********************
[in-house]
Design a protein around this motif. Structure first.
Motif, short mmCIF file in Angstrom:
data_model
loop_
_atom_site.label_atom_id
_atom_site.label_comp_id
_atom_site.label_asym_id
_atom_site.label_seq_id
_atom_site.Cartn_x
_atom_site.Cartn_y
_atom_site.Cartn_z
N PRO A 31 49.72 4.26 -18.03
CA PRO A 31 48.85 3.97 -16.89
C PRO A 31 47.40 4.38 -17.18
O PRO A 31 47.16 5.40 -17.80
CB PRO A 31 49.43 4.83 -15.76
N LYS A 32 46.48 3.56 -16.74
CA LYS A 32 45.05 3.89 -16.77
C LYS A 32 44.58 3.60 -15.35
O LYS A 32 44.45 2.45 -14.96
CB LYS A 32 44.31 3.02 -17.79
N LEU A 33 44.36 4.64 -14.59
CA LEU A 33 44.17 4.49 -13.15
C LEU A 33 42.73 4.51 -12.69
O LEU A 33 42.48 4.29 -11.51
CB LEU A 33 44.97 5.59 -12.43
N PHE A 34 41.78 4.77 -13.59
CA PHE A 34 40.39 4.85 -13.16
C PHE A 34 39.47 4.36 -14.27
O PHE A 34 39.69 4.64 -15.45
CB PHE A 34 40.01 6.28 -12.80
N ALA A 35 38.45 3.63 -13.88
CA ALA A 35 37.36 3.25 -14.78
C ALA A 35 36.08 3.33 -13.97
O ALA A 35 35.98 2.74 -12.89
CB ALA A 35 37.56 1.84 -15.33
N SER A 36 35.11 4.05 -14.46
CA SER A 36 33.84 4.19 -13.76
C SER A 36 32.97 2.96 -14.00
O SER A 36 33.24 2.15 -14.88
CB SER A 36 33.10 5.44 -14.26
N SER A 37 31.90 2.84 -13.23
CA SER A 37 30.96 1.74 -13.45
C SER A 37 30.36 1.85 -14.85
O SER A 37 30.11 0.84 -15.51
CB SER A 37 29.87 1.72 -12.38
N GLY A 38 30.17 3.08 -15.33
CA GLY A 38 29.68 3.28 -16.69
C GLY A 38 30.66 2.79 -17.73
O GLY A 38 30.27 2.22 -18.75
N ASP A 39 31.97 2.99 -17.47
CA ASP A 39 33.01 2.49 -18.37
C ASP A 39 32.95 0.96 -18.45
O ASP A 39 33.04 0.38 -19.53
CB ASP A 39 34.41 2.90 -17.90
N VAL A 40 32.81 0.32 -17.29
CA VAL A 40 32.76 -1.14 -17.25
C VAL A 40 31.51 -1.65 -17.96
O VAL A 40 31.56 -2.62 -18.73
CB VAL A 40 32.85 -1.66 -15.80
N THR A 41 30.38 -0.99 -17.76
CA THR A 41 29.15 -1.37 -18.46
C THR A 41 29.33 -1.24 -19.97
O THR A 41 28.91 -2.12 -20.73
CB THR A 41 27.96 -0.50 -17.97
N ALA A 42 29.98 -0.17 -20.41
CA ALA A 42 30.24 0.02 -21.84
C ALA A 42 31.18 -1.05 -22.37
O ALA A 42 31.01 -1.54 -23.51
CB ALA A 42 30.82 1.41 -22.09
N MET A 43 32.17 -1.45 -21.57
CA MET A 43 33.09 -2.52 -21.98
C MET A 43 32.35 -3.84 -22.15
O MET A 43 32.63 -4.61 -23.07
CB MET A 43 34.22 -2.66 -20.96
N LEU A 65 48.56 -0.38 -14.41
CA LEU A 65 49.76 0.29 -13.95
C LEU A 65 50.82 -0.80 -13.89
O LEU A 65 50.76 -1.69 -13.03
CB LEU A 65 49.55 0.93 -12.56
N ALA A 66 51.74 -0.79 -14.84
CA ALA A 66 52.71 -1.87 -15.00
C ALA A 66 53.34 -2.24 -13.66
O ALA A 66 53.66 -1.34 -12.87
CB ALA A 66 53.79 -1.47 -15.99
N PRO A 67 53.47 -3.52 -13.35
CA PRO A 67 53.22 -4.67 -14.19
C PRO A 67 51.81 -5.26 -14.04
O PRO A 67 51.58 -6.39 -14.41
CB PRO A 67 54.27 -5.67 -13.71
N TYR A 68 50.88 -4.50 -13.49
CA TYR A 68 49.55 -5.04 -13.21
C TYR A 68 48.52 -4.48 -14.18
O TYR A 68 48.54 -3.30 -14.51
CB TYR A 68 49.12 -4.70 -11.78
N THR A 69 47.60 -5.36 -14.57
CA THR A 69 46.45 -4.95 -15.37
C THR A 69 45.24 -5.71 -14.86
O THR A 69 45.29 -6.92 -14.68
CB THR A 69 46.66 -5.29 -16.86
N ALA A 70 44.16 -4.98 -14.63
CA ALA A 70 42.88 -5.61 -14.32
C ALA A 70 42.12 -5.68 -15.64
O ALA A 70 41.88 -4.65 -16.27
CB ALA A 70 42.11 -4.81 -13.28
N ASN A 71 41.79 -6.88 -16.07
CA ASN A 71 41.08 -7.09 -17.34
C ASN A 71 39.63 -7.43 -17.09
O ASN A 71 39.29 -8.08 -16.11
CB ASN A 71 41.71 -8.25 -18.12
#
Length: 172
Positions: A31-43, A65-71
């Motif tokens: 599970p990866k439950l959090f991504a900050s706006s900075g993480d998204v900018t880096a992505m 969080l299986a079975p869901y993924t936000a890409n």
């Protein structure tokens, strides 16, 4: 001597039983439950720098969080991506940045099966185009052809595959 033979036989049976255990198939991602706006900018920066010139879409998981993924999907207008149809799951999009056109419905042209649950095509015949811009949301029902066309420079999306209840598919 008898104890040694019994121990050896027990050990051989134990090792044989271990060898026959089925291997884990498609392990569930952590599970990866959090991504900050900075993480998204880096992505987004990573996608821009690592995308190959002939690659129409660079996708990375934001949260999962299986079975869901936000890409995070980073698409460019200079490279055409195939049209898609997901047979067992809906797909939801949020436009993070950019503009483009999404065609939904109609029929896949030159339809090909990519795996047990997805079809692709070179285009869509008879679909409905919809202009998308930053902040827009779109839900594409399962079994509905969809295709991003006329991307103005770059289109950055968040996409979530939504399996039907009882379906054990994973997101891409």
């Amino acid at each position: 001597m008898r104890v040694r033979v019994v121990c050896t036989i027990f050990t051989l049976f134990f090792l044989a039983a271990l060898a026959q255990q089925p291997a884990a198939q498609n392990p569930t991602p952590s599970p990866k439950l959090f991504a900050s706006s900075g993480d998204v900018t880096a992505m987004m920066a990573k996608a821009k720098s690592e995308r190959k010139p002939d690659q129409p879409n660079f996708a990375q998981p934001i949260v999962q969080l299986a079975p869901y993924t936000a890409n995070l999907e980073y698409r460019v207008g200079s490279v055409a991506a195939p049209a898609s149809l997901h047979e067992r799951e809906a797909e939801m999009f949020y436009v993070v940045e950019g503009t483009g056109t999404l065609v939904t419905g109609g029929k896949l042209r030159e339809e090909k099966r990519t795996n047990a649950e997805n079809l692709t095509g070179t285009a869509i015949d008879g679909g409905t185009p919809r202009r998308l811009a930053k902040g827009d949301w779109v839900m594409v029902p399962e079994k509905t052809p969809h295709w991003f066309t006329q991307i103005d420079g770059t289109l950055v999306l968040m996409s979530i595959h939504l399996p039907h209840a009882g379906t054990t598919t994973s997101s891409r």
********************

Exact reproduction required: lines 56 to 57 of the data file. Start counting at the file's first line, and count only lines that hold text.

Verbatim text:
CB ASP A 39 34.41 2.90 -17.90
N VAL A 40 32.81 0.32 -17.29